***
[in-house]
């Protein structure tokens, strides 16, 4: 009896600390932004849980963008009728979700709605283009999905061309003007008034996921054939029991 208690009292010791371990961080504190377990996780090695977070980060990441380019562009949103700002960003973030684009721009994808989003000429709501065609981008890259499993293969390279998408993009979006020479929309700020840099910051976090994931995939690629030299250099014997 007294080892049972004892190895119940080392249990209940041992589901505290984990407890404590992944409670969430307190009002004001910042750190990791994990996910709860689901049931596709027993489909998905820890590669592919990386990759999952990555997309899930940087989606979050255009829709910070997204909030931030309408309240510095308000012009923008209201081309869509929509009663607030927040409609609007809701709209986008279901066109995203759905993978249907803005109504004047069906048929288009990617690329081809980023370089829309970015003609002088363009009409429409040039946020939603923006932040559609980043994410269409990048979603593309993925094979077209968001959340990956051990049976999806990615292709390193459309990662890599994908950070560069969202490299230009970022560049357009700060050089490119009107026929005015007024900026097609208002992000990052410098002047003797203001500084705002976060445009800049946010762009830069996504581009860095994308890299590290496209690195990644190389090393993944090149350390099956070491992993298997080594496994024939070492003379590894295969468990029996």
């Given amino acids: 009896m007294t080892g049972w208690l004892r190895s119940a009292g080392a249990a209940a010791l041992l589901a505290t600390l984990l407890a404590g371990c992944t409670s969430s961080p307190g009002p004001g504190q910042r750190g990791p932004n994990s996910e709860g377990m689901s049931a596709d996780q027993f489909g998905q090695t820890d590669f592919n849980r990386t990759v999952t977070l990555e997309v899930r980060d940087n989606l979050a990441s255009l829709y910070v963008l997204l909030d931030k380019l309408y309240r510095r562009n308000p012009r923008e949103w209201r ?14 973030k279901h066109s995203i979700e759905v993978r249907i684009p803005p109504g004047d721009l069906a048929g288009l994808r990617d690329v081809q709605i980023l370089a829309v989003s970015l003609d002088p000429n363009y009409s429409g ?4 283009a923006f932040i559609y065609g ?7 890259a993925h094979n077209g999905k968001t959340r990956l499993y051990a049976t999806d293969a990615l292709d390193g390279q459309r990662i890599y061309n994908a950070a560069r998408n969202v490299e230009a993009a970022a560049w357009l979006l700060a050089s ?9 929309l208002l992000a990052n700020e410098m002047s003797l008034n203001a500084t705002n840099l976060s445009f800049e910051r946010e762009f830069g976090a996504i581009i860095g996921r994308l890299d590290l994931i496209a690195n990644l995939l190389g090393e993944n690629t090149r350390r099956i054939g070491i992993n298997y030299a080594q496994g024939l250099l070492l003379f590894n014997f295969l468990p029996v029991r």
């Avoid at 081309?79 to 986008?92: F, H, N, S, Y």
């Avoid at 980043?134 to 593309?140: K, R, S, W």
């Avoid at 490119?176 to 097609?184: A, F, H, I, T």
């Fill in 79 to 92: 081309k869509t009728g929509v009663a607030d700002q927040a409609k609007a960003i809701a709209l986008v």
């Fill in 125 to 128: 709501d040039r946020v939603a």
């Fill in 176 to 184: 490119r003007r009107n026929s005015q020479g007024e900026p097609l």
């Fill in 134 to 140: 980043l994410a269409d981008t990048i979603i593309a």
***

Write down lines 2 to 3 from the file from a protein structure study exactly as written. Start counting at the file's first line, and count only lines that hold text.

């Protein structure tokens, strides 16, 4: 009896600390932004849980963008009728979700709605283009999905061309003007008034996921054939029991 208690009292010791371990961080504190377990996780090695977070980060990441380019562009949103700002960003973030684009721009994808989003000429709501065609981008890259499993293969390279998408993009979006020479929309700020840099910051976090994931995939690629030299250099014997 007294080892049972004892190895119940080392249990209940041992589901505290984990407890404590992944409670969430307190009002004001910042750190990791994990996910709860689901049931596709027993489909998905820890590669592919990386990759999952990555997309899930940087989606979050255009829709910070997204909030931030309408309240510095308000012009923008209201081309869509929509009663607030927040409609609007809701709209986008279901066109995203759905993978249907803005109504004047069906048929288009990617690329081809980023370089829309970015003609002088363009009409429409040039946020939603923006932040559609980043994410269409990048979603593309993925094979077209968001959340990956051990049976999806990615292709390193459309990662890599994908950070560069969202490299230009970022560049357009700060050089490119009107026929005015007024900026097609208002992000990052410098002047003797203001500084705002976060445009800049946010762009830069996504581009860095994308890299590290496209690195990644190389090393993944090149350390099956070491992993298997080594496994024939070492003379590894295969468990029996």
């Given amino acids: 009896m007294t080892g049972w208690l004892r190895s119940a009292g080392a249990a209940a010791l041992l589901a505290t600390l984990l407890a404590g371990c992944t409670s969430s961080p307190g009002p004001g504190q910042r750190g990791p932004n994990s996910e709860g377990m689901s049931a596709d996780q027993f489909g998905q090695t820890d590669f592919n849980r990386t990759v999952t977070l990555e997309v899930r980060d940087n989606l979050a990441s255009l829709y910070v963008l997204l909030d931030k380019l309408y309240r510095r562009n308000p012009r923008e949103w209201r ?14 973030k279901h066109s995203i979700e759905v993978r249907i684009p803005p109504g004047d721009l069906a048929g288009l994808r990617d690329v081809q709605i980023l370089a829309v989003s970015l003609d002088p000429n363009y009409s429409g ?4 283009a923006f932040i559609y065609g ?7 890259a993925h094979n077209g999905k968001t959340r990956l499993y051990a049976t999806d293969a990615l292709d390193g390279q459309r990662i890599y061309n994908a950070a560069r998408n969202v490299e230009a993009a970022a560049w357009l979006l700060a050089s ?9 929309l208002l992000a990052n700020e410098m002047s003797l008034n203001a500084t705002n840099l976060s445009f800049e910051r946010e762009f830069g976090a996504i581009i860095g996921r994308l890299d590290l994931i496209a690195n990644l995939l190389g090393e993944n690629t090149r350390r099956i054939g070491i992993n298997y030299a080594q496994g024939l250099l070492l003379f590894n014997f295969l468990p029996v029991r």